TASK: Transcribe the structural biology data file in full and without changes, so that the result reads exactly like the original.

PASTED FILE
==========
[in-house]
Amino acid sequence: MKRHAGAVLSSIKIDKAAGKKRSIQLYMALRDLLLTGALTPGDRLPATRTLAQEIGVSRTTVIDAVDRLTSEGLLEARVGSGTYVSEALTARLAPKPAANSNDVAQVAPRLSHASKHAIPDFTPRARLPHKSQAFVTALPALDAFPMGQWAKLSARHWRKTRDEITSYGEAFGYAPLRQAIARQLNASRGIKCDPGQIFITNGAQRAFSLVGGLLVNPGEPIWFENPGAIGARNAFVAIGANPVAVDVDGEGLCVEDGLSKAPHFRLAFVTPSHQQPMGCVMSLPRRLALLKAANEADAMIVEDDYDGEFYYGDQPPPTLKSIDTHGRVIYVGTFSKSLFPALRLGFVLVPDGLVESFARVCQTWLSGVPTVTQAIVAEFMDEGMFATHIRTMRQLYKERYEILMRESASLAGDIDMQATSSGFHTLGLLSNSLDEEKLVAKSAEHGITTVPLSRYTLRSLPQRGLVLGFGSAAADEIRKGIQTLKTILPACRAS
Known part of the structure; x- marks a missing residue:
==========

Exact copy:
[in-house]
Amino acid sequence: MKRHAGAVLSSIKIDKAAGKKRSIQLYMALRDLLLTGALTPGDRLPATRTLAQEIGVSRTTVIDAVDRLTSEGLLEARVGSGTYVSEALTARLAPKPAANSNDVAQVAPRLSHASKHAIPDFTPRARLPHKSQAFVTALPALDAFPMGQWAKLSARHWRKTRDEITSYGEAFGYAPLRQAIARQLNASRGIKCDPGQIFITNGAQRAFSLVGGLLVNPGEPIWFENPGAIGARNAFVAIGANPVAVDVDGEGLCVEDGLSKAPHFRLAFVTPSHQQPMGCVMSLPRRLALLKAANEADAMIVEDDYDGEFYYGDQPPPTLKSIDTHGRVIYVGTFSKSLFPALRLGFVLVPDGLVESFARVCQTWLSGVPTVTQAIVAEFMDEGMFATHIRTMRQLYKERYEILMRESASLAGDIDMQATSSGFHTLGLLSNSLDEEKLVAKSAEHGITTVPLSRYTLRSLPQRGLVLGFGSAAADEIRKGIQTLKTILPACRAS
Known part of the structure; x- marks a missing residue: